10. PCB, but I'll be receiving it in a few days. This is what the whole project hinges on, as I don't know whether the LEDs will actually be bright enough the way I'm trying to multiplex them. If not, it's back to the drawing board. I'm not sure what you're referring to by "it", but you could get an adafruit vandal button like this one: https://www.adafruit.com/product/3350 It has three LEDs inside. Unfortunately, it is not compatible with the RGB LED strip headers some mainboards have today, as the button uses a common anode as opposed to the common cathode of LED strips. That's cool, go for it! Putting projects in the backlog is never fun, make it happen! If you want to keep the option of getting my button in the future, make sure to use a 16mm vandal switch now. I plan to make bigger versions as well but those will take even longer to develop, if they ever come out at all.
  11. The world of mechanical keyboards. This thread is the mechanical keyboard club, so the word "clicky" is used in the context of mechanical keyboards. Outside of this context "clicky" can indeed be interpreted as "makes a click", but in this context, "clicky" is the property of a mechanical switch. Your keyboard is not mechanical, and nobody that is involved with mechanical keyboards would consider it clicky. While criticising this attitude as elitist is justified, you have to see that we need to adhere to some definition of the word mechanical, otherwise this would just be the keyboard club. DSA Night Sky looks sweet. But I don't think I'll ever buy one of those sets unless it offers mono legends for special characters like Granite does. If I can't perfectly fit the set to my layout, I might just as well go with blanks of the same colour. EDIT: Oh shit, I just noticed that with the Alternate Kit, this would actually fit my upcoming BananaSplit buy. Goddamnit. Also, ABS caps aren't born equal. These caps are high quality and very thick. If it's worth the price is another question. Meh, it might look nice, but personally, I absolutely despise the shine on SA in terms of feel, I'd rather use the more coarsely finished Maxkey SA caps than SPs offering. The sleek surface of SA isn't really a property of ABS either, but of the mold. Unless you're talking about the additional shine that the caps get after being used for a while.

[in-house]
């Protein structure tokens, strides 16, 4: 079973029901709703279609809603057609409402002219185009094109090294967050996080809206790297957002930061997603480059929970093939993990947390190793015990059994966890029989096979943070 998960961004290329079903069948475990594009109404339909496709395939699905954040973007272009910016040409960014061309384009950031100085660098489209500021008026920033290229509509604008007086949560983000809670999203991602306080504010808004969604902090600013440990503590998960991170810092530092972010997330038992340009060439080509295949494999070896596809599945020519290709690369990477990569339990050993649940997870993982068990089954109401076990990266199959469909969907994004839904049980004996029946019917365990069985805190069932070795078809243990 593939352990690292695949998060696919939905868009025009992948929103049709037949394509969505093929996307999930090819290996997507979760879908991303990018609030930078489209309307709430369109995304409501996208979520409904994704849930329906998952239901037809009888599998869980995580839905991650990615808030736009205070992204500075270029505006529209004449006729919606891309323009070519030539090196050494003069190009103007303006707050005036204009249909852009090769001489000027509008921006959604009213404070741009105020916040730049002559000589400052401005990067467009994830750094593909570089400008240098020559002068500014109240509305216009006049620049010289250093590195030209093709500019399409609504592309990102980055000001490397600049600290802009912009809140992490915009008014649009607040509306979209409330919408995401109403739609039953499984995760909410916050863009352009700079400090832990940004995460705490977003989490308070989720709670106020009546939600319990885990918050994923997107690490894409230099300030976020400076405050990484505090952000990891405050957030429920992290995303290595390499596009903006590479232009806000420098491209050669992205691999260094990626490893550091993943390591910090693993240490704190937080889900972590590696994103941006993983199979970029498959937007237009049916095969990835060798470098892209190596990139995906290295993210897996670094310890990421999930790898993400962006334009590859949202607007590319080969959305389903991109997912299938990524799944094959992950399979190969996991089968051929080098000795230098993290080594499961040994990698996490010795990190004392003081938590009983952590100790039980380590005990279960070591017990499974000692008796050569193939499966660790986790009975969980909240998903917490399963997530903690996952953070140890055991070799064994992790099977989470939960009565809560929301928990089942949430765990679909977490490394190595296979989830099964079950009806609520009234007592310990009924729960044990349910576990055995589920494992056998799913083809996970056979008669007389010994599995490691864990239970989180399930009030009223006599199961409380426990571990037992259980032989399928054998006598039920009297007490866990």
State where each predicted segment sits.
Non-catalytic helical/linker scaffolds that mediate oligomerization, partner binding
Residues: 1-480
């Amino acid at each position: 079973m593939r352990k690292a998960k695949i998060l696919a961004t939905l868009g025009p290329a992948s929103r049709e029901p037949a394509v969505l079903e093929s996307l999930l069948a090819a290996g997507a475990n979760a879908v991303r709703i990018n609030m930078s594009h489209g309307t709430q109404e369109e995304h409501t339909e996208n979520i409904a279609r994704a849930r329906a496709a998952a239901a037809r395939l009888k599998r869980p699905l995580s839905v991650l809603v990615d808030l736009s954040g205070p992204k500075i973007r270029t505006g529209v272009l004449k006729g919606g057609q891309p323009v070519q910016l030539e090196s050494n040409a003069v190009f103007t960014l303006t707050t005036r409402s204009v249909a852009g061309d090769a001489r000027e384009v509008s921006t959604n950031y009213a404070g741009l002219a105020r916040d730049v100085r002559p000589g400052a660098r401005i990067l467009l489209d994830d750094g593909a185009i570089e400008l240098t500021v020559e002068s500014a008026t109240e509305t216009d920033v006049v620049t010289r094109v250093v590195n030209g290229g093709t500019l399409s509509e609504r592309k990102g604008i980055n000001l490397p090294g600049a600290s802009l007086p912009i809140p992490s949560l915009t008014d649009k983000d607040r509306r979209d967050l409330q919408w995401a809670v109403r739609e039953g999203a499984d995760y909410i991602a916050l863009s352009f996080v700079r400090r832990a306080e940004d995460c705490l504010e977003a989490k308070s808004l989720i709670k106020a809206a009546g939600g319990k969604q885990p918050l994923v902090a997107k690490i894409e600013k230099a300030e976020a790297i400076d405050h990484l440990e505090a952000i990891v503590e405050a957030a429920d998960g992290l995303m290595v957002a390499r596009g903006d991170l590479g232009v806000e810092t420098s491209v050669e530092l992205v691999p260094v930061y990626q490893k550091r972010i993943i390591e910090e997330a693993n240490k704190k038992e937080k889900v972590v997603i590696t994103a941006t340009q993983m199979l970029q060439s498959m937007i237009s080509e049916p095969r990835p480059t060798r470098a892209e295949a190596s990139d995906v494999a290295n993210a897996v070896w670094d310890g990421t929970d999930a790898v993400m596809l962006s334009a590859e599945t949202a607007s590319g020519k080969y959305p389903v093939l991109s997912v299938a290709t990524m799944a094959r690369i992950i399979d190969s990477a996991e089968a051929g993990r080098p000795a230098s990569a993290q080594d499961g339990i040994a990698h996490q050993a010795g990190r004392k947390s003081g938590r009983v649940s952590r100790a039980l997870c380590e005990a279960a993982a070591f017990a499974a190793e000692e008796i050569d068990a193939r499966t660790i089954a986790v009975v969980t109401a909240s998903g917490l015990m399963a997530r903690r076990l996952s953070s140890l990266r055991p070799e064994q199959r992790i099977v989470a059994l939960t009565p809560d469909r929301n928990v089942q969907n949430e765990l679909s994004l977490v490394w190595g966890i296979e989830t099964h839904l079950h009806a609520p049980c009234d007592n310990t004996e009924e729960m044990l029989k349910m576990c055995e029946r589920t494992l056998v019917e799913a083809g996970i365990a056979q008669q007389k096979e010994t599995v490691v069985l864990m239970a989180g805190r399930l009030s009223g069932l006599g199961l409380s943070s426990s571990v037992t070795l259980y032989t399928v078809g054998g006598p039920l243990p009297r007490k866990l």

12. Well the initial idea was to have the first prototype ready by the end of May, but I haven't even received my first prototype part yet. At this point I'd want to say by the end of the year, but that does seem a little optimistic.
  13. That doesn't count, that would mean linear switches "click" as well when you bottom out. In a mechanical keyboard, actuation occurs before bottoming out, and the switch has to click precisely when actuating. I guess the latter is fulfilled for most keyboards, but the first criterion is what's widely used to differentiate mechs from non-mechs.
  14. Cool, looks like you've found your board then Gateron Green. Much better than Cherry Greens in my opinion, but I didn't get to try Cherry Switches after they redid their tooling last year. Supposedly they are much smoother now.
  15. Do you mean 75% like the Nopoo Choc Mini? 70% would be without the column on the right, and I don't think any readily available board has that layout. But 75% is quite obtainable. The Nopoo Choc Mini from above costs a little under 100 bucks. Does that count as cheap-ish?